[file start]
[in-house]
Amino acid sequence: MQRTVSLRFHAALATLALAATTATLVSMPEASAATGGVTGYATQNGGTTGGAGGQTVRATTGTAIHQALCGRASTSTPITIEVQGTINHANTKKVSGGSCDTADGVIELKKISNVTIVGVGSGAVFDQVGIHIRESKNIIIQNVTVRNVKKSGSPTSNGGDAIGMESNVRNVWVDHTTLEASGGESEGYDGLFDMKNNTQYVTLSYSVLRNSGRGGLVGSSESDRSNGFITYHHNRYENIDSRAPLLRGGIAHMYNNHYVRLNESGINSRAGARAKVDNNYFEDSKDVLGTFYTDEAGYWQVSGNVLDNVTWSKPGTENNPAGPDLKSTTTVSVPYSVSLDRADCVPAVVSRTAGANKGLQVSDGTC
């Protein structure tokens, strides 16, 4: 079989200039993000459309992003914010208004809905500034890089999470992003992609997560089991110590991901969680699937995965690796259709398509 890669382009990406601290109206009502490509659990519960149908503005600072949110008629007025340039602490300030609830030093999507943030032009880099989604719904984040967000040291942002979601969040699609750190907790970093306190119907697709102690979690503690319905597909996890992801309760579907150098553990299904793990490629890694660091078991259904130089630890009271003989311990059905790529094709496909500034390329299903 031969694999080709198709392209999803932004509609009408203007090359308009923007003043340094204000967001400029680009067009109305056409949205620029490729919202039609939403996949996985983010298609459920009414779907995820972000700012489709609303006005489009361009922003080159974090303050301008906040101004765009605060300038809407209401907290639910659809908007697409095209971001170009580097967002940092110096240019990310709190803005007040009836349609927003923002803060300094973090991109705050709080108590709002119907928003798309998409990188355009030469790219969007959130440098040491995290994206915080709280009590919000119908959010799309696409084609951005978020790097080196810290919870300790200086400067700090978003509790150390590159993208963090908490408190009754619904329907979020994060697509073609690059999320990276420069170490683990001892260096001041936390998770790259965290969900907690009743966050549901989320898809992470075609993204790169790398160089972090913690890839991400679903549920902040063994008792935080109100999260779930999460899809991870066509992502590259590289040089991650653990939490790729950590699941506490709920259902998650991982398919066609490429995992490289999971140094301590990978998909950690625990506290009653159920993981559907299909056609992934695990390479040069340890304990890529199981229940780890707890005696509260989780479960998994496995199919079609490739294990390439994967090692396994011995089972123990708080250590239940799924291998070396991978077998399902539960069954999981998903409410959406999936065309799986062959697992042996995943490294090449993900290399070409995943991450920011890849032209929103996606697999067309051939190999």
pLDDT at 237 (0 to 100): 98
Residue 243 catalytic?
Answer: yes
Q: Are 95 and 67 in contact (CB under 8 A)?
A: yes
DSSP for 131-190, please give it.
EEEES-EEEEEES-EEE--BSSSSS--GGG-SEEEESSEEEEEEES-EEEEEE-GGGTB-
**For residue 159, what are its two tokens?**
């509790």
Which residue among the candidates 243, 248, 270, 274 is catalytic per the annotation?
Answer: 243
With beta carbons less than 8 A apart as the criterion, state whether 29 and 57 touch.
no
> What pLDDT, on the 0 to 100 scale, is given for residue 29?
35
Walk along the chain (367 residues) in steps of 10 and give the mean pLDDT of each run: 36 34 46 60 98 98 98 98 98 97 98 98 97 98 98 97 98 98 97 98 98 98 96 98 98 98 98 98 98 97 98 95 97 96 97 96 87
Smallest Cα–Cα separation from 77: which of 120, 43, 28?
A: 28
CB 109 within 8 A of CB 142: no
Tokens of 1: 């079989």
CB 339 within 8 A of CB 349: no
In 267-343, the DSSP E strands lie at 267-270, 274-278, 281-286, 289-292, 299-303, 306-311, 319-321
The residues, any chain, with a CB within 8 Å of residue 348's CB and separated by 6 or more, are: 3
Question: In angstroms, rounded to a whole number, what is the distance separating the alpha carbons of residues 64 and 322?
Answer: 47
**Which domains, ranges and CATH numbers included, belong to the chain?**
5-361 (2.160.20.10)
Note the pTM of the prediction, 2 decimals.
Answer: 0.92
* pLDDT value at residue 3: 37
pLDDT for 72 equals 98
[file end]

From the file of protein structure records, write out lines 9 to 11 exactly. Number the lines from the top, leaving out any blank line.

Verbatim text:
DSSP for 131-190, please give it.
EEEES-EEEEEES-EEE--BSSSSS--GGG-SEEEESSEEEEEEES-EEEEEE-GGGTB-
**For residue 159, what are its two tokens?**